A few weeks ago, I wrote about why knowledge matters. Today, I am following up that post with a few thoughts on how we can build our understanding in any subject. You won't believe how incredibly simple it is to build expertise!
This post contains affiliate links
How to Build Knowledge in ANY Subject, Drum Roll Please...
You can build knowledge on any topic by reading more than one book about it.
What that's it! You say. You don't need to write a blog post on that!
Yes, I know, but how often do we set out to actually learn something new in our fast paced society? If we get in a fix, we can always just Google it, right? If you read to the end, you will see how having knowledge on any topic is actually really helpful in navigating our quickly changing society. But for now, think about how reading a few books can grow your knowledge base:
If you read three Jane Austen novels, you will be able to have a smart conversation with any Jane Austen aficionado.
If you read a book on both sides of a scientific debate debate, you will be able to see the weakness and strengths of both sides of the argument. Then when an expert makes an expert comment, you will actually be able to judge the validity of what he says instead of going with the theory that you've heard the most or uncomfortably accepting whatever the experts tells you.
Read three books on any history topic and you'll probably be the only expert on that topic in the room at the next social gathering you go to.
Case Study: How My Knowledge About WWII Exploded
Lately, I've become much more knowledgeable about World War II without intending to study the topic at all. In fact most of my life, I've avoided any books or movies about World War II because I knew enough about the war and myself to know that I wasn't ready to look that kind of evil in the eye.
But then I read The Book Thief and even though it was fiction, I was touched by the heroism of the Germans who quietly defied the Nazi party despite the incredible hardship of living in Germany during WWII. I learned about the day to day life of the typical German family, the the cloud of fear they lived under, and the little acts of defiance they did that kept them from being swept away with the dehumanizing evil of the Nazi regime.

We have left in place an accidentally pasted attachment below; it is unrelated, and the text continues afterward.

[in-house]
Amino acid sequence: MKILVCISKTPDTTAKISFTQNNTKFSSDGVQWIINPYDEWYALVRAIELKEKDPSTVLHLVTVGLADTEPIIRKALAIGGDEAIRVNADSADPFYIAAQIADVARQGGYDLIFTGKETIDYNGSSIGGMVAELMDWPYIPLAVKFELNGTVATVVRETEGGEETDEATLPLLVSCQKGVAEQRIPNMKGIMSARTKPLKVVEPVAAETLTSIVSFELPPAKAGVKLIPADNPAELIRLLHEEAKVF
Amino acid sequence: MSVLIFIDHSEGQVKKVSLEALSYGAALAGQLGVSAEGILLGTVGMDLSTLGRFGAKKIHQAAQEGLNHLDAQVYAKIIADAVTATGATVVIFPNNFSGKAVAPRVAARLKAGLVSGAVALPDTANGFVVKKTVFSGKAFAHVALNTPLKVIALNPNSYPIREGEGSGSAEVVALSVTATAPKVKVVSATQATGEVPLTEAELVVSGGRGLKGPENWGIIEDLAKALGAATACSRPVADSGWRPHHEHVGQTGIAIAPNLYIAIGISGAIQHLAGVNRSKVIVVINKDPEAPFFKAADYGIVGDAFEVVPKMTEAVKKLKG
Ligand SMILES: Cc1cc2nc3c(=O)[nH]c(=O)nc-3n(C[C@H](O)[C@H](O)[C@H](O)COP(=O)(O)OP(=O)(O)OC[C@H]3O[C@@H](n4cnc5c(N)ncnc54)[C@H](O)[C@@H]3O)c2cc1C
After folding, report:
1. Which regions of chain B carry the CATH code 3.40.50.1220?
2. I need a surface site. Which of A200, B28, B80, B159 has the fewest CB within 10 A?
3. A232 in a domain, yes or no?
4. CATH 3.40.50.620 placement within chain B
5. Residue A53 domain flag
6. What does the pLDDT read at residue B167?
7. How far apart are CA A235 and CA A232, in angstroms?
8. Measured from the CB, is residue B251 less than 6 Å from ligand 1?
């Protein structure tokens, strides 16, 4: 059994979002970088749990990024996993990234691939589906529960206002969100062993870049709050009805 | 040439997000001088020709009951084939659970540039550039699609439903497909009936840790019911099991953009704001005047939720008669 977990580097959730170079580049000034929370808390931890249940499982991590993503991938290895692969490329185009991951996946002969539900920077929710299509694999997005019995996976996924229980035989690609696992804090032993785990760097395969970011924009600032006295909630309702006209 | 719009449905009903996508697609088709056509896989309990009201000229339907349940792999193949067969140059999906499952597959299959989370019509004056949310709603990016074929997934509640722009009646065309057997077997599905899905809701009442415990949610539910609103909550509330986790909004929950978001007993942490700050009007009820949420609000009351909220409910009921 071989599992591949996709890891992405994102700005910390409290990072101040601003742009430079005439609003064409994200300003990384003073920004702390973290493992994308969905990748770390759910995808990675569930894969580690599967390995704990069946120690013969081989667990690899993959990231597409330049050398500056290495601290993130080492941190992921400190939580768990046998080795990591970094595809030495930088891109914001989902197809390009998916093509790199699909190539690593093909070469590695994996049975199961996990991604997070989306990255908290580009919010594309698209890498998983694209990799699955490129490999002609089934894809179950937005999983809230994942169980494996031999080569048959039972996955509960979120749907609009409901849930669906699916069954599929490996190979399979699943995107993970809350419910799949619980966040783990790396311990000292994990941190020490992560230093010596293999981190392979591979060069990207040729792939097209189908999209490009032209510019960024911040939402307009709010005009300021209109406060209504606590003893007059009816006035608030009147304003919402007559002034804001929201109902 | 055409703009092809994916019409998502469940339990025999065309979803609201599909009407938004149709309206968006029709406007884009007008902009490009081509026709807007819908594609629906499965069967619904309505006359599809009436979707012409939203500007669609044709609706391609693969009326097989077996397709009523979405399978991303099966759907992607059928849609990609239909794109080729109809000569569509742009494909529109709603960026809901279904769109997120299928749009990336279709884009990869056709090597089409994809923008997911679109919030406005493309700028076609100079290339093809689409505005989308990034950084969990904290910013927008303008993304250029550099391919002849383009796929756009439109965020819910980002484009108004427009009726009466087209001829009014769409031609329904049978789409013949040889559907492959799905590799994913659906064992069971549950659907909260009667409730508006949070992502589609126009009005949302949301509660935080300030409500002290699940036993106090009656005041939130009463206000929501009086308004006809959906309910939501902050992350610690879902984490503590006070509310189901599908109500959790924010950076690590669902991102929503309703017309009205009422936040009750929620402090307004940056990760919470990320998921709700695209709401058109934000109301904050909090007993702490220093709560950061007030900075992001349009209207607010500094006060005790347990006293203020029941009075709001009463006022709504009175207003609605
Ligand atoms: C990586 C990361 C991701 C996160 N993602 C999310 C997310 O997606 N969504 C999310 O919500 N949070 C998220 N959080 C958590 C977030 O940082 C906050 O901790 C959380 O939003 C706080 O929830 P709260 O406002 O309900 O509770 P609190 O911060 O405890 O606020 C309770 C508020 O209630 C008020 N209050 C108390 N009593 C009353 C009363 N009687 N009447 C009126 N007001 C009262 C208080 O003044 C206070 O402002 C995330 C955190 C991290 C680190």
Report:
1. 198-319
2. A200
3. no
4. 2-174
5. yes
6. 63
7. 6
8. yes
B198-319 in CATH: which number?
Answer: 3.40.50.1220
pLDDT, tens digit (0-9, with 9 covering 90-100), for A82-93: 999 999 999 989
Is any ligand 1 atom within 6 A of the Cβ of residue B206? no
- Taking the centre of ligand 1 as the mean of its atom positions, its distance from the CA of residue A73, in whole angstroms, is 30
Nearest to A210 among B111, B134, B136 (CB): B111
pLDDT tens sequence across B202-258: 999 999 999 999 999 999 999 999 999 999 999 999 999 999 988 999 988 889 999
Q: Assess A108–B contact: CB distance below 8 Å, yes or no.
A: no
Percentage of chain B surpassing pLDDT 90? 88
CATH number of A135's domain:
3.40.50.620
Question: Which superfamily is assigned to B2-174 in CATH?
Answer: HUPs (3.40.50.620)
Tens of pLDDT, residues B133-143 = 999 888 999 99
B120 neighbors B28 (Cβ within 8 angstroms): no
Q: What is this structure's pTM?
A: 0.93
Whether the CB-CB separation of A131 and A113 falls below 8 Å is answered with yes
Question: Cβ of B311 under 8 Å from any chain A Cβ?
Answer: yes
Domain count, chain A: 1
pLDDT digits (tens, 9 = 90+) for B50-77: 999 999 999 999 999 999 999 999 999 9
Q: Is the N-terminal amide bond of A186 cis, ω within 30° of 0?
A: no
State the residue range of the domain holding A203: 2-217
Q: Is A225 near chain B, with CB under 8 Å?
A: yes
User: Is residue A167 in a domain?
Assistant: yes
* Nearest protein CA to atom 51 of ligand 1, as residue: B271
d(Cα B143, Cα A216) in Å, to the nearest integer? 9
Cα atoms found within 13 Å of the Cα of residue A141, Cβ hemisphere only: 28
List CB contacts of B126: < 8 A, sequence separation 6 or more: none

After that I picked up Monuments Men from the library because I saw the movie and from the book I learned about a side of the war that I knew nothing about. I had no idea that Hitler was systematically looting the art treasures of the nations for his own super museum, nor did I know he planned to destroy them all if he lost.
Another novel that I read on vacation gave insight into the role of journalists during the war a life in the army camps and yet another book taught me about a heroic band of rustic shepherds and peasants from Crete who held off a highly trained and heavily armed Nazi invasion. I also read part of a biography where I learned about the years before World War II in my home state of California and a bit of the war with Japan. I unfortunately didn't finish the book because it was giving me nightmares, but I was intrigued to learn that some of the toxic philosophies about race that fueled the Nazis worst crimes, were also influential in the United States. When I read a Pulitzer Prize winning novel about World War II, I was standing on familiar ground.